It is believed that the function of pEPI-1 as a stable episome relies on the ability of the S/MAR to recruit cellular factors, which mediate both its mitotic stability and its episomal replication. pEPI-1 is specifically associated through its S/MAR with the nuclear matrix and the chromosome scaffold in vivo80, presumably via scaffold attachment factor-A (SAF-A)81 and this interaction enables its co-segregation with the chromosomes upon mitosis. Moreover, the S/MAR in pEPI-1 likely interacts with other nuclear proteins mediating helix destabilization (a function of large T antigen in conventional SV40 ori-containing episomal vectors), allowing for the assembly of the replication machinery. Thus, in contrast to viral episomes which encode the factors required for their function, pEPI-1 exploits, through its S/MAR, factors provided by the host cell to ensure both functions required for its extrachromosomal maintenance: replication and segregation.
We are generally optimistic about the future of non-viral ocular gene therapy. The eye is an excellent and accessible gene therapy target and significant research has laid excellent groundwork for future studies. The availability of animal models and the proliferation of vectors make gene-therapy mediated ocular treatments a viable option. The three main types of gene therapies described here are gene replacement for loss-of-function mutations, gene knockdown for gain-of-function mutations, and gene enhancement/knockdown for non-monogenic diseases. All of these approaches have historically been subject to the same limitations: 1) how to deliver the vector into the affected cells 2) how to achieve broad distribution throughout the tissue of interest 3) how to maintain persistent transgene expression and functional rescue and 4) how to avoid both local and systemic toxic responses. The use of newer viral vectors, particularly lentiviral vectors, and especially newly developed non-viral vectors will enable researchers to overcome most of these obstacles. We are particularly excited about the prospects in ocular gene therapies which incorporate one of the technologies described above to circumvent the problem of transient gene expression. It has been shown that nanoparticles have been shown to distribute throughout the retina and are taken up efficiently11. By incorporating vector design strategies that have proven to be successful for non-viral therapy in other tissues, we anticipate the development of efficient, safe, and persistent gene therapy vectors that could be utilized to either replace or knockdown almost any gene of interest.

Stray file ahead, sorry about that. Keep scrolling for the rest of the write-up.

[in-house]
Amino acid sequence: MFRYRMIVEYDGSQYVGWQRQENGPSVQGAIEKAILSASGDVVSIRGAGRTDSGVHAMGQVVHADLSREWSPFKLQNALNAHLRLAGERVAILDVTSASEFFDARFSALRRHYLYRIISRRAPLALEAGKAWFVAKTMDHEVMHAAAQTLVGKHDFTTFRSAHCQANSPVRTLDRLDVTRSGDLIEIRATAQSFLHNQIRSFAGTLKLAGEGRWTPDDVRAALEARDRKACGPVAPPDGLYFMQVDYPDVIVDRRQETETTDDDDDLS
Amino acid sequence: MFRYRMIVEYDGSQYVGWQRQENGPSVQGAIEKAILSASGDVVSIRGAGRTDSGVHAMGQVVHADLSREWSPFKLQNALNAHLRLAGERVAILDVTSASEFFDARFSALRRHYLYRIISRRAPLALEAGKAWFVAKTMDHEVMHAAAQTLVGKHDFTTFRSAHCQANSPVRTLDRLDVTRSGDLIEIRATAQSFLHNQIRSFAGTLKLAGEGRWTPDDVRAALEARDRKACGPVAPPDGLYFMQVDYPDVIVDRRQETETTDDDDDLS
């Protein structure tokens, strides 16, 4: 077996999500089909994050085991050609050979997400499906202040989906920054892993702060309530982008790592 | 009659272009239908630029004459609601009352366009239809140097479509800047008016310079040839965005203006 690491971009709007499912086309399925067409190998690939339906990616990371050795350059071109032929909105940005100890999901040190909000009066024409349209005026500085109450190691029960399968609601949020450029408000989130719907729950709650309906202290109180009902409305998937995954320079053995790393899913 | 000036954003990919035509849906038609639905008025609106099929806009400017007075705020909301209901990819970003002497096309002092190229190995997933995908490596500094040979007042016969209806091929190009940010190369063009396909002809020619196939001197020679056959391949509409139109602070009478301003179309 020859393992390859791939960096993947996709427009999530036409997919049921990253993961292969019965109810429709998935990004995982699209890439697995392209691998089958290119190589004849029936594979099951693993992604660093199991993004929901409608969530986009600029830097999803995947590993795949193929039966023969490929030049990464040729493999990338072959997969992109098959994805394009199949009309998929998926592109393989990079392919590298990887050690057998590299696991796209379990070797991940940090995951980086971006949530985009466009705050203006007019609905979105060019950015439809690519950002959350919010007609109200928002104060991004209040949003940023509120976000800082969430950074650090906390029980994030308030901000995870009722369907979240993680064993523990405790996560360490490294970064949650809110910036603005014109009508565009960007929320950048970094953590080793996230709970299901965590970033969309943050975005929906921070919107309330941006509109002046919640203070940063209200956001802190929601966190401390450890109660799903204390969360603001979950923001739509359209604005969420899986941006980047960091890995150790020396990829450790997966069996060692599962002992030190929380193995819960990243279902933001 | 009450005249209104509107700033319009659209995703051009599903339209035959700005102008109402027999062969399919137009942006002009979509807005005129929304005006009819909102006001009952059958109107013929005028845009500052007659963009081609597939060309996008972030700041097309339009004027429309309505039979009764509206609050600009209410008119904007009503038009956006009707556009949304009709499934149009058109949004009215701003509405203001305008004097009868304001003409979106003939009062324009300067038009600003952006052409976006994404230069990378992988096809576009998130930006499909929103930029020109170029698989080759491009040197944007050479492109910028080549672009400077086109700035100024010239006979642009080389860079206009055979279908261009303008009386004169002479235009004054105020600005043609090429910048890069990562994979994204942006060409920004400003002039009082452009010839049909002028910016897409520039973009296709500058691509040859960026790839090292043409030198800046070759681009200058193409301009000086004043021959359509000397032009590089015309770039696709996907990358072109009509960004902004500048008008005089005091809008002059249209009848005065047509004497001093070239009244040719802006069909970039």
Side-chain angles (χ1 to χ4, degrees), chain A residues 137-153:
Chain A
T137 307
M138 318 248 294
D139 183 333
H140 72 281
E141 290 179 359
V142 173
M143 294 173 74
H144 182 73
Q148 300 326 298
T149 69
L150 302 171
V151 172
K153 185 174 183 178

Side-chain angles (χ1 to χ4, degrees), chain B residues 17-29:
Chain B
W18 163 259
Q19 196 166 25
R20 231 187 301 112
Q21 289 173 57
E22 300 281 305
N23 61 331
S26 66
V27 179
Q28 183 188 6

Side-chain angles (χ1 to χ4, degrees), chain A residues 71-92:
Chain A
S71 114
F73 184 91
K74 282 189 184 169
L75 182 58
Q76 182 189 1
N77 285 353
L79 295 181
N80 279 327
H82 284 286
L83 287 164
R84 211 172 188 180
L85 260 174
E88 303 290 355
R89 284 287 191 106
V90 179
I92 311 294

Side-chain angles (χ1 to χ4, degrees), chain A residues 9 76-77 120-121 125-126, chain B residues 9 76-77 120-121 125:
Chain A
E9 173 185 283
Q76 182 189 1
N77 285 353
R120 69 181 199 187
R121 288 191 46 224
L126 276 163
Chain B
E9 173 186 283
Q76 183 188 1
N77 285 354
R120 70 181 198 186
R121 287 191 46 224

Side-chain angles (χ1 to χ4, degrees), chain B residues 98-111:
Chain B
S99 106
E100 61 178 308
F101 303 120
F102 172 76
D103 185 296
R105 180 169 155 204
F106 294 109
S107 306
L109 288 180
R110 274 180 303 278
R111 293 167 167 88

* Used to indicate particularly meritorious references.